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Review Article

Bisphenol-A: Legislation in Industrials Countries and in Algeria

Research Journal of Environmental Toxicology: Volume 10 (3): 189-192, 2016

Sofiane Boudalia and Malha Oudir


Bisphenol A (BPA) is a chemical compound extensively employed to manufacture certain plastics and epoxy resin. Due to his hormone-like properties, the BPA can disrupt endocrine function in humans and animals. The US Food and Drug Administration (FDA), the European Food Safety Authority (EFSA) and the International scientific community launched a broad program, to evaluate and investigate the adversely potential effect of BPA, on human endocrine pathways and health. Consequently, the BPA have been banned in several industrialized countries (France, Canada, Belgium, Denmark, Sweden etc.). However, in Algeria BPA still an unknown substance by the public and health professionals. This compound is not subject to any specific regulations. Currently, the debate concerning interdiction or/no interdiction is reported. The purpose of this mini-review is: (a) To provide the reader with the weight of evidence, current regulatory stance, regarding the safe use of BPA in industrials countries and (b) To show the absence of debate, evaluation and legislation in Algeria.

How to cite this article:

Sofiane Boudalia and Malha Oudir, 2016. Bisphenol-A: Legislation in Industrials Countries and in Algeria. Research Journal of Environmental Toxicology, 10: 189-192.

DOI: 10.3923/rjet.2016.189.192

URL: https://scialert.net/abstract/?doi=rjet.2016.189.192


The BPA is an estrogen-mimicking industrial chemical used to make polycarbonate plastics bottles, epoxy resins and food packaging. The BPA is found in human blood and urine due to its ubiquitous use in the production of water bottles, plastic food containers, linings of food and beverage cans and medical products, such as syringes and dental sealants. The BPA is used as an additive in plastics such as PVC. Halogenated derivatives of BPA are also widely used as flame retardants (http://www.bisphenol-a.org). Currently, a debate is witnessing around the use of BPA in commercial products. A number of scientists and activists have worked to highlight concerns about the potential effects of exposure to BPA on human health. In contrast, industry groups and their allies have emphasized uncertainty about the effects of BPA and pointed to studies that failed to find links between BPA exposure and human health (Brewer and Ley, 2014).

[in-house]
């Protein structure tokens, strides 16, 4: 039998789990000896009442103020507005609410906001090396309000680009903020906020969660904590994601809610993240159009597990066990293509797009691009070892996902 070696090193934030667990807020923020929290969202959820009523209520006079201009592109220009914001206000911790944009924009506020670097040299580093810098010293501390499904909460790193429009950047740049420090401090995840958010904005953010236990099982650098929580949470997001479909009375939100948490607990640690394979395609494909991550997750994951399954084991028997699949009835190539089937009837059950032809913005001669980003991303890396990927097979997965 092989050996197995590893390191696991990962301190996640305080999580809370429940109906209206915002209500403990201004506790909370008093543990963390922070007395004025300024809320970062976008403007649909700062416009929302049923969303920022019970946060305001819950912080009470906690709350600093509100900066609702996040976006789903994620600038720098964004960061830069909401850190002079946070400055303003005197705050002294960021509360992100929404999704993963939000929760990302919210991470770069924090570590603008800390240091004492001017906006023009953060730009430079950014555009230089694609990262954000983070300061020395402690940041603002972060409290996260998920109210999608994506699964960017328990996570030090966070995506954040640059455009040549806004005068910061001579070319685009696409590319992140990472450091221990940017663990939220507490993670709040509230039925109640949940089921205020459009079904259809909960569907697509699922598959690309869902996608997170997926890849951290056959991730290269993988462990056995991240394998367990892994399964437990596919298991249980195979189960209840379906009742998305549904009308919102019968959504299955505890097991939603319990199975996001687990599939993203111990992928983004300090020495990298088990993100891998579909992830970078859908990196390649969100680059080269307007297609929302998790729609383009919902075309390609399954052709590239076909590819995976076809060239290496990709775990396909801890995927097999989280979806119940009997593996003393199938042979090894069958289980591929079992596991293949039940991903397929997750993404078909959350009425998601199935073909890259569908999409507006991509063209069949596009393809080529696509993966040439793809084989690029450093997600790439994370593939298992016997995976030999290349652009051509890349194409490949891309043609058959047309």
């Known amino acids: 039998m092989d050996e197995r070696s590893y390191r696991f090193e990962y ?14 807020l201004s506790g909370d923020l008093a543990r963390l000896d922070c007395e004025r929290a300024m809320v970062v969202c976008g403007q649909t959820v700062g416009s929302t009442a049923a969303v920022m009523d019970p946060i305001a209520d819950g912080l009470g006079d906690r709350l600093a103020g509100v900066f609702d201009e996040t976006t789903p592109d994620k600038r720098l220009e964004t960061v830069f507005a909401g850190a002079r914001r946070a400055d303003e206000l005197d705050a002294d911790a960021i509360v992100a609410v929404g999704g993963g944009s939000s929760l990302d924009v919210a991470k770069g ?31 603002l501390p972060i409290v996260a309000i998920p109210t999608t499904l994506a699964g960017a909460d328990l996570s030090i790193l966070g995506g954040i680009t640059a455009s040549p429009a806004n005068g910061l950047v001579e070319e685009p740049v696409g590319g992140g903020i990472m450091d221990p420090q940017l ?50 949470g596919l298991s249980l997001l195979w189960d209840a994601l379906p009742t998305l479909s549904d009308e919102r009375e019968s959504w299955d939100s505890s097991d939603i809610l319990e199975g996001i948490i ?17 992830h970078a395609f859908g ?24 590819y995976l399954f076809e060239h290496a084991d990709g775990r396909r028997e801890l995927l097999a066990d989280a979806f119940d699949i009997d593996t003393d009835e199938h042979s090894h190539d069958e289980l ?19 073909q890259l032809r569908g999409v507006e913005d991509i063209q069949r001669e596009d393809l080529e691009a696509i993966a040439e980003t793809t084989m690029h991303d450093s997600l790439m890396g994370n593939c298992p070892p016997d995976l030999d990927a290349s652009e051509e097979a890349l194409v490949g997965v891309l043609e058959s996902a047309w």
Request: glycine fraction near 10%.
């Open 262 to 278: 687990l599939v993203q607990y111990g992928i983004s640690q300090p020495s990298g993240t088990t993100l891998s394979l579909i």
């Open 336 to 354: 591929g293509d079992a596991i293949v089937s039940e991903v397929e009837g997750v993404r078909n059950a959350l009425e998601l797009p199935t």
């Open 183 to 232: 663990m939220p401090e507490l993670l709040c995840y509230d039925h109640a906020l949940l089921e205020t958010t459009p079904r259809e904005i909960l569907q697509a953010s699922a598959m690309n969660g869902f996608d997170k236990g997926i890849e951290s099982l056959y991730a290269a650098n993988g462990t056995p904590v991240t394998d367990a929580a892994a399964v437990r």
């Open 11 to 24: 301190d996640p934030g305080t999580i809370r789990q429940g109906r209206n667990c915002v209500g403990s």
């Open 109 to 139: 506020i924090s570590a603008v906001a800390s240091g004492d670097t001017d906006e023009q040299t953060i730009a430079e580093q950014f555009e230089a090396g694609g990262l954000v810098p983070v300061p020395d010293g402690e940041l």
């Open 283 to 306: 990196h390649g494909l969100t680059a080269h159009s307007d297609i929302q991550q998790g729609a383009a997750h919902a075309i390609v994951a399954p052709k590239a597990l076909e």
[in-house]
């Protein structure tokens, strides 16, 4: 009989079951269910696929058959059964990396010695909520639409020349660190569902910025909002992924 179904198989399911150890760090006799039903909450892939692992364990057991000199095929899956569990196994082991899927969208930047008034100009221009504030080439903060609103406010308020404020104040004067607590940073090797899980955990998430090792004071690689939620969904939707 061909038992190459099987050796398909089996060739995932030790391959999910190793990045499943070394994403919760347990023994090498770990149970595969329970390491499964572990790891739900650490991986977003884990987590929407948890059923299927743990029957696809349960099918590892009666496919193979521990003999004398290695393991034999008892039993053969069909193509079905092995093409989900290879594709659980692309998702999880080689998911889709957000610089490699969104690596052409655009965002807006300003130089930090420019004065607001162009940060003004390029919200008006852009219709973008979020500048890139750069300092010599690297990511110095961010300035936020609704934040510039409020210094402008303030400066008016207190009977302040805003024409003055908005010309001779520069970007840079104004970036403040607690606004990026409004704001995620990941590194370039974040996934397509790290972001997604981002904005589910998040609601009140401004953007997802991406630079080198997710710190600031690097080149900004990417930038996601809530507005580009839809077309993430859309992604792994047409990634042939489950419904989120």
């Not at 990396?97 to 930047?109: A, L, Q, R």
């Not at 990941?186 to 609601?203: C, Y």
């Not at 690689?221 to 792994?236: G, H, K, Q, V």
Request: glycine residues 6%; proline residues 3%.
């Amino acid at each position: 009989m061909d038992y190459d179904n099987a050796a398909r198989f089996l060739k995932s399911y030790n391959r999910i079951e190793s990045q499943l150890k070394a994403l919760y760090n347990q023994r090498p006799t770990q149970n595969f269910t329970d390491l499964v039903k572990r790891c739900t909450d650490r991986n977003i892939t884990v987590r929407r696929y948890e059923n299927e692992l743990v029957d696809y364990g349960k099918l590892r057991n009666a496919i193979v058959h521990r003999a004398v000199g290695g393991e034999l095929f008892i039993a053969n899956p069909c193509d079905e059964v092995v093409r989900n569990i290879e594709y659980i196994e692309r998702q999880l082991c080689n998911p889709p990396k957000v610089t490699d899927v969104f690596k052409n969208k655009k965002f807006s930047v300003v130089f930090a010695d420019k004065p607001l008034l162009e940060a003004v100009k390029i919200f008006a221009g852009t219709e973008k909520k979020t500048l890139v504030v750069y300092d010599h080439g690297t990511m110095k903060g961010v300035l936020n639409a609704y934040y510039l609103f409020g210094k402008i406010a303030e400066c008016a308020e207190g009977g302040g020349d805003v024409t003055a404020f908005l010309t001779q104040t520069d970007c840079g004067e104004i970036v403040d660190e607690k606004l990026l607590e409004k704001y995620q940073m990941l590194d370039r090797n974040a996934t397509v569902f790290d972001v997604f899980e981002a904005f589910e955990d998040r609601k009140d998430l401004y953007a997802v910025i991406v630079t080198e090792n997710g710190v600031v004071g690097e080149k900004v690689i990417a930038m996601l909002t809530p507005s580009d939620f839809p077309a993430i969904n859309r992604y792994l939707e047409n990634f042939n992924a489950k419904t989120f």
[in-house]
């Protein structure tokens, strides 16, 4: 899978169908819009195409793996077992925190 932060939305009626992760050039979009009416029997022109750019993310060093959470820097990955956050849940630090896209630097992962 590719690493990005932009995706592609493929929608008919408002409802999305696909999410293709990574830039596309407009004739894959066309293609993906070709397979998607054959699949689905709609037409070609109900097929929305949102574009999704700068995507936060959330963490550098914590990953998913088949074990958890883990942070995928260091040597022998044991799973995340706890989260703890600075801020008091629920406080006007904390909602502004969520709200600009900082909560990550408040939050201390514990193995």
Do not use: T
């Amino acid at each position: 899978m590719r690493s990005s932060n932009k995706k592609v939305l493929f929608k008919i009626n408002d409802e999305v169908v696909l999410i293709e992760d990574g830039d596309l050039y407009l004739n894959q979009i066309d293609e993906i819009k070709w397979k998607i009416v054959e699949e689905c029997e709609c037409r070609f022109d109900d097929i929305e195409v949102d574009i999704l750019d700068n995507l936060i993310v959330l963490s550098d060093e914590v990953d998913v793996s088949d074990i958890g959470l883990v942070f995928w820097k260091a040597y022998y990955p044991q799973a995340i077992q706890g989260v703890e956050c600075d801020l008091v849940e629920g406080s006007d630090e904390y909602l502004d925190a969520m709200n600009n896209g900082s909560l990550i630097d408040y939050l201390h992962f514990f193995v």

At the policy level, various governmental bodies in industrial countries have weighed proposals to ban the use of BPA in products. For their part, the news media have devoted considerable coverage to the controversy, much of it focusing on competing claims about what scientific research has shown regarding BPA and human health (Brewer and Ley, 2014).

Several in vivo studies have reported developmental and behavioral effects of low-dose BPA exposure depending on non-monotonic dose responses that contradict the logic of "The dose makes the poison" (Seta et al., 2005; Melzer et al., 2010; Ryan et al., 2010; Xu et al., 2011; Boudalia et al., 2014; Jedeon et al., 2013, 2014; Auxietre et al., 2014).

In humans, recent reports have revealed a link between the endocrine disruptor levels in biological fluids and the prevalence of certain diseases, including heart disease, obesity and diabetes (Melzer et al., 2010; Lang et al., 2008; Shankar and Teppala, 2011) attention-deficit/hyperactivity disorder (Hong et al., 2015), behavior problems, including anxiety and depression in children (Harley et al., 2013) and other reproductive problems as sperm quality (Goldstone et al., 2015).

As evidenced by in vivo studies, adverse reproductive and developmental effects of BPA can result from early exposure to very low doses, down to the no observable adverse effect level (NOAEL = 5 mg kg–1 b.wt. day–1) (Salian et al., 2009, 2011; Rubin et al., 2001; Braniste et al., 2010; Cabaton et al., 2011; Boudalia et al., 2014; Folia et al., 2013; Jedeon et al., 2013).

Similarly, prenatal daily exposure to BPA in the range of 1-50 μg kg–1 b.wt. is associated with several behavioral disorders, including altered sexual, social, learning and maternal behaviors (Farabollini et al., 2002).